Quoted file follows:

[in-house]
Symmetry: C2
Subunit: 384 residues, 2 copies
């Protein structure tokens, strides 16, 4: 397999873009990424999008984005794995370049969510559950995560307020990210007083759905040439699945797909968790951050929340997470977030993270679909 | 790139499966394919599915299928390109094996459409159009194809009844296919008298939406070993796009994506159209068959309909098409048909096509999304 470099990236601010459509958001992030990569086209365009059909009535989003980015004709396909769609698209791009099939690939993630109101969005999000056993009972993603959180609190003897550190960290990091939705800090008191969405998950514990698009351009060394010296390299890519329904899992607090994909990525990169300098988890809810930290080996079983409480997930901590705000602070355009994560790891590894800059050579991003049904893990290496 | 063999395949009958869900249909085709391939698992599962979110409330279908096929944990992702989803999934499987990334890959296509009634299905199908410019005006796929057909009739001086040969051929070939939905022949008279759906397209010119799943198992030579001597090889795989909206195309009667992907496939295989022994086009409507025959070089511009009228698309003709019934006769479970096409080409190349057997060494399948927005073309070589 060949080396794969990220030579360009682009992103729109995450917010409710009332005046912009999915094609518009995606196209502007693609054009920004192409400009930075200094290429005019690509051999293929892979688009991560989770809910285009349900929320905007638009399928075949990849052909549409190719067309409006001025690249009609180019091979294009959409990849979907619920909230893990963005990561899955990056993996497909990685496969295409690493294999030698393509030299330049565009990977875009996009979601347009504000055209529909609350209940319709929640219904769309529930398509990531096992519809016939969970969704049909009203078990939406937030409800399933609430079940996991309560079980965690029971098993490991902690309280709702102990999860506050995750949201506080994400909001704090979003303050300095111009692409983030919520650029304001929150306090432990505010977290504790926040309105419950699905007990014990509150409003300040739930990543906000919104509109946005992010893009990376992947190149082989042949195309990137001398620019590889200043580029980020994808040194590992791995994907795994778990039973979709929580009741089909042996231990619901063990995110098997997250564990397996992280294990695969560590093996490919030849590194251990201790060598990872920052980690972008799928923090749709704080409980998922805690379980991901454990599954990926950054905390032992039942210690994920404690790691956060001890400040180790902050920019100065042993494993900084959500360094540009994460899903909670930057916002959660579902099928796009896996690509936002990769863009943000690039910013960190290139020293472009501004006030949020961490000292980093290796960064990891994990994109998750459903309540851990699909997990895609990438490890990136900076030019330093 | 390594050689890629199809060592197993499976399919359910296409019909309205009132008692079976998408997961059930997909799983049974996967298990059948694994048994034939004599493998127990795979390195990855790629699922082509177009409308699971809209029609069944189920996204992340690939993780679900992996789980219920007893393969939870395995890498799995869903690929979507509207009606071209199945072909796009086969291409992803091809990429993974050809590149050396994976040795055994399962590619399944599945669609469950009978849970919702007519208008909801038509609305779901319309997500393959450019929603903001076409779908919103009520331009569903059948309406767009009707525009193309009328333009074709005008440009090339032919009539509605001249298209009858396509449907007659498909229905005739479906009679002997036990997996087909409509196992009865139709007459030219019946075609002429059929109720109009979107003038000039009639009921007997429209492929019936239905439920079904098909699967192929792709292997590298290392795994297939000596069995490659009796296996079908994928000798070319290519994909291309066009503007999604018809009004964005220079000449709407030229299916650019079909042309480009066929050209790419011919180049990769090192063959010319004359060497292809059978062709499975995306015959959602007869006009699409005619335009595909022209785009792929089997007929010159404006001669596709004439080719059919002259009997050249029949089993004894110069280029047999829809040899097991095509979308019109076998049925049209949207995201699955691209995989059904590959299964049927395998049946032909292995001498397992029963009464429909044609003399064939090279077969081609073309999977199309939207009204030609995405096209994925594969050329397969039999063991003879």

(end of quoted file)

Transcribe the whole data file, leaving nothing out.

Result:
[in-house]
Symmetry: C2
Subunit: 384 residues, 2 copies
């Protein structure tokens, strides 16, 4: 397999873009990424999008984005794995370049969510559950995560307020990210007083759905040439699945797909968790951050929340997470977030993270679909 | 790139499966394919599915299928390109094996459409159009194809009844296919008298939406070993796009994506159209068959309909098409048909096509999304 470099990236601010459509958001992030990569086209365009059909009535989003980015004709396909769609698209791009099939690939993630109101969005999000056993009972993603959180609190003897550190960290990091939705800090008191969405998950514990698009351009060394010296390299890519329904899992607090994909990525990169300098988890809810930290080996079983409480997930901590705000602070355009994560790891590894800059050579991003049904893990290496 | 063999395949009958869900249909085709391939698992599962979110409330279908096929944990992702989803999934499987990334890959296509009634299905199908410019005006796929057909009739001086040969051929070939939905022949008279759906397209010119799943198992030579001597090889795989909206195309009667992907496939295989022994086009409507025959070089511009009228698309003709019934006769479970096409080409190349057997060494399948927005073309070589 060949080396794969990220030579360009682009992103729109995450917010409710009332005046912009999915094609518009995606196209502007693609054009920004192409400009930075200094290429005019690509051999293929892979688009991560989770809910285009349900929320905007638009399928075949990849052909549409190719067309409006001025690249009609180019091979294009959409990849979907619920909230893990963005990561899955990056993996497909990685496969295409690493294999030698393509030299330049565009990977875009996009979601347009504000055209529909609350209940319709929640219904769309529930398509990531096992519809016939969970969704049909009203078990939406937030409800399933609430079940996991309560079980965690029971098993490991902690309280709702102990999860506050995750949201506080994400909001704090979003303050300095111009692409983030919520650029304001929150306090432990505010977290504790926040309105419950699905007990014990509150409003300040739930990543906000919104509109946005992010893009990376992947190149082989042949195309990137001398620019590889200043580029980020994808040194590992791995994907795994778990039973979709929580009741089909042996231990619901063990995110098997997250564990397996992280294990695969560590093996490919030849590194251990201790060598990872920052980690972008799928923090749709704080409980998922805690379980991901454990599954990926950054905390032992039942210690994920404690790691956060001890400040180790902050920019100065042993494993900084959500360094540009994460899903909670930057916002959660579902099928796009896996690509936002990769863009943000690039910013960190290139020293472009501004006030949020961490000292980093290796960064990891994990994109998750459903309540851990699909997990895609990438490890990136900076030019330093 | 390594050689890629199809060592197993499976399919359910296409019909309205009132008692079976998408997961059930997909799983049974996967298990059948694994048994034939004599493998127990795979390195990855790629699922082509177009409308699971809209029609069944189920996204992340690939993780679900992996789980219920007893393969939870395995890498799995869903690929979507509207009606071209199945072909796009086969291409992803091809990429993974050809590149050396994976040795055994399962590619399944599945669609469950009978849970919702007519208008909801038509609305779901319309997500393959450019929603903001076409779908919103009520331009569903059948309406767009009707525009193309009328333009074709005008440009090339032919009539509605001249298209009858396509449907007659498909229905005739479906009679002997036990997996087909409509196992009865139709007459030219019946075609002429059929109720109009979107003038000039009639009921007997429209492929019936239905439920079904098909699967192929792709292997590298290392795994297939000596069995490659009796296996079908994928000798070319290519994909291309066009503007999604018809009004964005220079000449709407030229299916650019079909042309480009066929050209790419011919180049990769090192063959010319004359060497292809059978062709499975995306015959959602007869006009699409005619335009595909022209785009792929089997007929010159404006001669596709004439080719059919002259009997050249029949089993004894110069280029047999829809040899097991095509979308019109076998049925049209949207995201699955691209995989059904590959299964049927395998049946032909292995001498397992029963009464429909044609003399064939090279077969081609073309999977199309939207009204030609995405096209994925594969050329397969039999063991003879």